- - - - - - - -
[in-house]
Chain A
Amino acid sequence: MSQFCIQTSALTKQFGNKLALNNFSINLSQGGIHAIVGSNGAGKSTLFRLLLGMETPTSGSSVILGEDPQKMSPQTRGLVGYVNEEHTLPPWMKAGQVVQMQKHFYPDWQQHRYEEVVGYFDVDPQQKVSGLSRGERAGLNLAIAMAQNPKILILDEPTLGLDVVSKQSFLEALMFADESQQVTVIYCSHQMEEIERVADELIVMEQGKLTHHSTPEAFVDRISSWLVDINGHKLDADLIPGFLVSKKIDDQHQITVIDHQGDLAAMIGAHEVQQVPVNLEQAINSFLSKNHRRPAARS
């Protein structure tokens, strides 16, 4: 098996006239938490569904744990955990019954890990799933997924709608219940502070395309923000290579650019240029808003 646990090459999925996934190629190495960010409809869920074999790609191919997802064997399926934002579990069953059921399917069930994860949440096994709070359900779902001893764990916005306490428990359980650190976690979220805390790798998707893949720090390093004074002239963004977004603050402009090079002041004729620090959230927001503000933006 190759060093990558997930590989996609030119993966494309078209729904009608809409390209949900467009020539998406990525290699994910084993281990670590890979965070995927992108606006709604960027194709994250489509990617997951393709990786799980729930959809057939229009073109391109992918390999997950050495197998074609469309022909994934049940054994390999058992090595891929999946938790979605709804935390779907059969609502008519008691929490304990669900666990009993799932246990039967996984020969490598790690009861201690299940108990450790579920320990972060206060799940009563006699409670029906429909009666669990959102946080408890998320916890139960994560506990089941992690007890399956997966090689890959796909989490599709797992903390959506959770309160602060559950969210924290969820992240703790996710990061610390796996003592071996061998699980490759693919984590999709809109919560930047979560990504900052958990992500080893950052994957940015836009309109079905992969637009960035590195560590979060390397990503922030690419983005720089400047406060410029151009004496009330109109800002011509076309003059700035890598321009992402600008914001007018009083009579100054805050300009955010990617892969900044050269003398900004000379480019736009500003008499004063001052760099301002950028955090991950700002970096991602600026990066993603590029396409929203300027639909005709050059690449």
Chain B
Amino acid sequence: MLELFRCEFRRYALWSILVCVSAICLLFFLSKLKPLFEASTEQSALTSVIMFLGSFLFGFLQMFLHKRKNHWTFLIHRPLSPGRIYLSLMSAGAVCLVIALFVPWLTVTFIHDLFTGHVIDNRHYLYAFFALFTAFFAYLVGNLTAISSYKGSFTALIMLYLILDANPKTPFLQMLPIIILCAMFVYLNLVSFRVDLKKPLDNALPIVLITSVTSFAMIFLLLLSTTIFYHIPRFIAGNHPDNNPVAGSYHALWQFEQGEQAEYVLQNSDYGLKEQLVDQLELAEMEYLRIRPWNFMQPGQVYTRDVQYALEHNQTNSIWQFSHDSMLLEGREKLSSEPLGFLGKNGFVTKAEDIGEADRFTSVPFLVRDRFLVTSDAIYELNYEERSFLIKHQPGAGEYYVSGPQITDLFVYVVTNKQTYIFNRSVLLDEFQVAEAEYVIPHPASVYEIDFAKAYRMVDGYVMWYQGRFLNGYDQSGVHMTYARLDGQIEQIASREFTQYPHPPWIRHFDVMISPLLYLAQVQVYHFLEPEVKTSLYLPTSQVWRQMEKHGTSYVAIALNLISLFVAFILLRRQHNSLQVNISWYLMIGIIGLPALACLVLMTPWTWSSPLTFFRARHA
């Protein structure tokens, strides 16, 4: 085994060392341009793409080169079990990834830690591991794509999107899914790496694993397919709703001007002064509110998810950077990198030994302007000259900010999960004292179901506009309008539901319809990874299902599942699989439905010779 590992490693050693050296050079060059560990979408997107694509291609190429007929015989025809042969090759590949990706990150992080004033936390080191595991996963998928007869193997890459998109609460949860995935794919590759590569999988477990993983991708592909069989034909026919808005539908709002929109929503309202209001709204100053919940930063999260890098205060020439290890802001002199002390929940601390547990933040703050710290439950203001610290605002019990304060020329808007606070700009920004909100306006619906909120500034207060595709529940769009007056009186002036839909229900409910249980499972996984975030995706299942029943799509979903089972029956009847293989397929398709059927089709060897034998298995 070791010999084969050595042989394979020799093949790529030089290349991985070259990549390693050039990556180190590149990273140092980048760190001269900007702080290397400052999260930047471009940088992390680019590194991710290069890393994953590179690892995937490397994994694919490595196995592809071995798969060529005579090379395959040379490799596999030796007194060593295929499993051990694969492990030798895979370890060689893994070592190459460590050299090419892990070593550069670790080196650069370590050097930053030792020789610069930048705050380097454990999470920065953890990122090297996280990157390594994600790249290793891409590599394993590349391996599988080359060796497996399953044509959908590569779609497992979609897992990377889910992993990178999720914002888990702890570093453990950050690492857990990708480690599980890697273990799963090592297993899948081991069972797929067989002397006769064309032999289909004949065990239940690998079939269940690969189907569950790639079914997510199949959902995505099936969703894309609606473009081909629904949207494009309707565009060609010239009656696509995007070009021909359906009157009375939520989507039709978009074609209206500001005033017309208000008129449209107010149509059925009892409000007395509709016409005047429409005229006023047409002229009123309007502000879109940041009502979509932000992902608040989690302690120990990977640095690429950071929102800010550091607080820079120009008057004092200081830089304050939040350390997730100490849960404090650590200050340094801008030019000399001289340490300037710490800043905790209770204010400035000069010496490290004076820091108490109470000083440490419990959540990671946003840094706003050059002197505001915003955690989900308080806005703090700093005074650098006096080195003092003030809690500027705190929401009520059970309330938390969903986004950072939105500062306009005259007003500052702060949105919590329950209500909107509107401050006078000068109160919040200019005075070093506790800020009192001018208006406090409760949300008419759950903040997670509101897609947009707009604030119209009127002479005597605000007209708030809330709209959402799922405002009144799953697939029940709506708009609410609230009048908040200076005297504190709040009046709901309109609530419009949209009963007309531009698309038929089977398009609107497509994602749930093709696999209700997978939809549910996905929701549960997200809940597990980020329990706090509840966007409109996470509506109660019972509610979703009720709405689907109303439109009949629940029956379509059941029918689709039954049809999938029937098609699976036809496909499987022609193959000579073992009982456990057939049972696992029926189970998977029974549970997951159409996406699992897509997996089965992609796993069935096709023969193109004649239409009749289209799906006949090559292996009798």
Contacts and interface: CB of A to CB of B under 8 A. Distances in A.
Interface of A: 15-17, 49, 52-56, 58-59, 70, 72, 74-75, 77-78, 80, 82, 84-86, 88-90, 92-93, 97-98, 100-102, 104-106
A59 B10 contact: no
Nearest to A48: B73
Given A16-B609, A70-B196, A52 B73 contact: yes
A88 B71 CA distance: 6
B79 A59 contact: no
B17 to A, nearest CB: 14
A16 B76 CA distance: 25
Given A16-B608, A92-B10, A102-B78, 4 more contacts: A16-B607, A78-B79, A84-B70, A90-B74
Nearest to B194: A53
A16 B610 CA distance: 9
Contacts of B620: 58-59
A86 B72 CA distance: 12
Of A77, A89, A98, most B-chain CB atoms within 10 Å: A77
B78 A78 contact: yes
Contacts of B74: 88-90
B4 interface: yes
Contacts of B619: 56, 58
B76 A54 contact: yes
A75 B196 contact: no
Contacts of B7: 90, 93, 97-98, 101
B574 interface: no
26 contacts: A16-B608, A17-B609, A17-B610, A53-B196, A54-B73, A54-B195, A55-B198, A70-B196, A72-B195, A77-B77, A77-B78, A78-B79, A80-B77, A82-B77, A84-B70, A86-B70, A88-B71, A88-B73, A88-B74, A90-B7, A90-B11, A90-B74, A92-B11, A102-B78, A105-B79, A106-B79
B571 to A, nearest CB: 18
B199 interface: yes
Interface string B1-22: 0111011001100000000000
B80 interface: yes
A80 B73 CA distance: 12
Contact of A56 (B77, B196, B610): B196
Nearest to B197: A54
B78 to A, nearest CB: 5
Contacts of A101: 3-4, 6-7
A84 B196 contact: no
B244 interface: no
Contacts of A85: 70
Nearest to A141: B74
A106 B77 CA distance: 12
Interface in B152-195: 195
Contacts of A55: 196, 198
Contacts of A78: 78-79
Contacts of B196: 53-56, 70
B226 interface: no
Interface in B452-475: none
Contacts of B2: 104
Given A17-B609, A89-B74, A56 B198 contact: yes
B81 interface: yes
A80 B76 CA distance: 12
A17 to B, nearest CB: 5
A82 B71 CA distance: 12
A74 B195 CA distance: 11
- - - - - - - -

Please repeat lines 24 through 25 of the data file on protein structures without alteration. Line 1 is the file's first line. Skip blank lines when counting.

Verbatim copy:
Contacts of B74: 88-90
B4 interface: yes